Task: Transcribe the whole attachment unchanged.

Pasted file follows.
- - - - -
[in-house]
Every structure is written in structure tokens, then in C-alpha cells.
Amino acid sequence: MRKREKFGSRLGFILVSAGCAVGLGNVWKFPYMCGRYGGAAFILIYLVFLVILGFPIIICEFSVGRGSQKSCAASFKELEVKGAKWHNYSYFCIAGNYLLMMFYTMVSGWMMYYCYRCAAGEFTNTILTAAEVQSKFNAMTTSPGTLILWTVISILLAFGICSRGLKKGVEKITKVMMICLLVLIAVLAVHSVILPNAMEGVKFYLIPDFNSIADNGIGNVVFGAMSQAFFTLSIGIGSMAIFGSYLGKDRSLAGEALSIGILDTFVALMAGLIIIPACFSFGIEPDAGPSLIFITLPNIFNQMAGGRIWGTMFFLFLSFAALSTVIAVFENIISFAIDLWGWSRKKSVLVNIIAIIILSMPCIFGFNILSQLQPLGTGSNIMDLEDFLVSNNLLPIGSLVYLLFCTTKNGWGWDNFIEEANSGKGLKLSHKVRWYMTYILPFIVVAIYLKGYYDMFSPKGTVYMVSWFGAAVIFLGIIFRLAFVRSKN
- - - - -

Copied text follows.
[in-house]
Every structure is written in structure tokens, then in C-alpha cells.
Amino acid sequence: MRKREKFGSRLGFILVSAGCAVGLGNVWKFPYMCGRYGGAAFILIYLVFLVILGFPIIICEFSVGRGSQKSCAASFKELEVKGAKWHNYSYFCIAGNYLLMMFYTMVSGWMMYYCYRCAAGEFTNTILTAAEVQSKFNAMTTSPGTLILWTVISILLAFGICSRGLKKGVEKITKVMMICLLVLIAVLAVHSVILPNAMEGVKFYLIPDFNSIADNGIGNVVFGAMSQAFFTLSIGIGSMAIFGSYLGKDRSLAGEALSIGILDTFVALMAGLIIIPACFSFGIEPDAGPSLIFITLPNIFNQMAGGRIWGTMFFLFLSFAALSTVIAVFENIISFAIDLWGWSRKKSVLVNIIAIIILSMPCIFGFNILSQLQPLGTGSNIMDLEDFLVSNNLLPIGSLVYLLFCTTKNGWGWDNFIEEANSGKGLKLSHKVRWYMTYILPFIVVAIYLKGYYDMFSPKGTVYMVSWFGAAVIFLGIIFRLAFVRSKN